Opine I will

I am a retired elementary school teacher just trying to do the right thing

Archive for the month “May, 2013”

APPR- Annual Professional Performance Review or A Pathetic Plan for a Race

As our academic year comes to a close, teachers all across New York State are wondering whether or not HEDI will be preempting their end of year celebratory send off. In years past most of us looked forward to started anew in September. We looked forward to summers when we had the time to develop new units of study, get some reading done, maybe earn a couple of professional development credits, and possibly work in a summer program. Some of us also use our summers to recharge our batteries, get our bladders back to a normal schedule, and perhaps reconnect with our own families. In all cases we also looked forward to greeting those new faces and new challenges every September.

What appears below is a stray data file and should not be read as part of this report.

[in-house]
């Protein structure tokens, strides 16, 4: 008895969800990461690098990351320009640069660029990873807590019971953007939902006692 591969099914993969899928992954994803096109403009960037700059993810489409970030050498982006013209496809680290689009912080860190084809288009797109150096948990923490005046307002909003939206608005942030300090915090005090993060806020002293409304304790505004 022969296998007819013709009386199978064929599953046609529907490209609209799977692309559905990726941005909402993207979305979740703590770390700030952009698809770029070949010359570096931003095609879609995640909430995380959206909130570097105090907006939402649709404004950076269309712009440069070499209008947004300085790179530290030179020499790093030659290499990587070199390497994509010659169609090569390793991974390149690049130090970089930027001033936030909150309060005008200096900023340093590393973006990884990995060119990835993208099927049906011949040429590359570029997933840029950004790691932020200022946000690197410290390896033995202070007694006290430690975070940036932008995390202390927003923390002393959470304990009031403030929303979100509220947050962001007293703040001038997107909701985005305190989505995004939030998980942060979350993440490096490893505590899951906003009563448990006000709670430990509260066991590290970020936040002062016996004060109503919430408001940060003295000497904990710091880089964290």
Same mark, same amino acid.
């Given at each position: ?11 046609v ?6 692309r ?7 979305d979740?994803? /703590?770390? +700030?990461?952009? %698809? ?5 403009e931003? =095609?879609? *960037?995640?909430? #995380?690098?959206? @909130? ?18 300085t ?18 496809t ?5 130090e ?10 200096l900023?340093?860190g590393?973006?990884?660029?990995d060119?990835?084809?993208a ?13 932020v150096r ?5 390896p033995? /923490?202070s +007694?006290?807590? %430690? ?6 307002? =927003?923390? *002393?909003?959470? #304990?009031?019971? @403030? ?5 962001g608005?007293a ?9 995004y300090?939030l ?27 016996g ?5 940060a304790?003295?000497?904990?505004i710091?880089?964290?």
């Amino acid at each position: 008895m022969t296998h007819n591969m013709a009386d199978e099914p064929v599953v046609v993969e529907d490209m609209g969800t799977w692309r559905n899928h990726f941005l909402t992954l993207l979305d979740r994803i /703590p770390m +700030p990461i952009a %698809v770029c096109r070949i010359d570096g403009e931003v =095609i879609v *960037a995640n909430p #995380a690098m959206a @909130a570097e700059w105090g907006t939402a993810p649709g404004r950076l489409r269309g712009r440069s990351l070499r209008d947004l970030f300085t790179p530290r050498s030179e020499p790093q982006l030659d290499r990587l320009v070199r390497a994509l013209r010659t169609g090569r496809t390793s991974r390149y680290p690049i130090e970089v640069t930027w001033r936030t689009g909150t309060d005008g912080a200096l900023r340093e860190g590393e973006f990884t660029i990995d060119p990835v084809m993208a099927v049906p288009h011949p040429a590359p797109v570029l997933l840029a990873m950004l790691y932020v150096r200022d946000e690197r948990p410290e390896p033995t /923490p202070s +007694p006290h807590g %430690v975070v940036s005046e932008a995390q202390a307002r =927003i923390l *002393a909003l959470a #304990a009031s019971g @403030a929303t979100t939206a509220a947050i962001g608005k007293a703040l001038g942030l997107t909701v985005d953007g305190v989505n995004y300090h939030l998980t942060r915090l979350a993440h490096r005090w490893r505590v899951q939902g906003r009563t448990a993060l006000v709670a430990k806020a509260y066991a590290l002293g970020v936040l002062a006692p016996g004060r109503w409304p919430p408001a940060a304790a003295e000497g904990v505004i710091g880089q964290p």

Unfortunately, for some of us HEDI will force us to wonder what happened, why has the ‘game changed’ and will we be forced to switch channels. Will our lives be turned asunder, will we be labeled ineffective?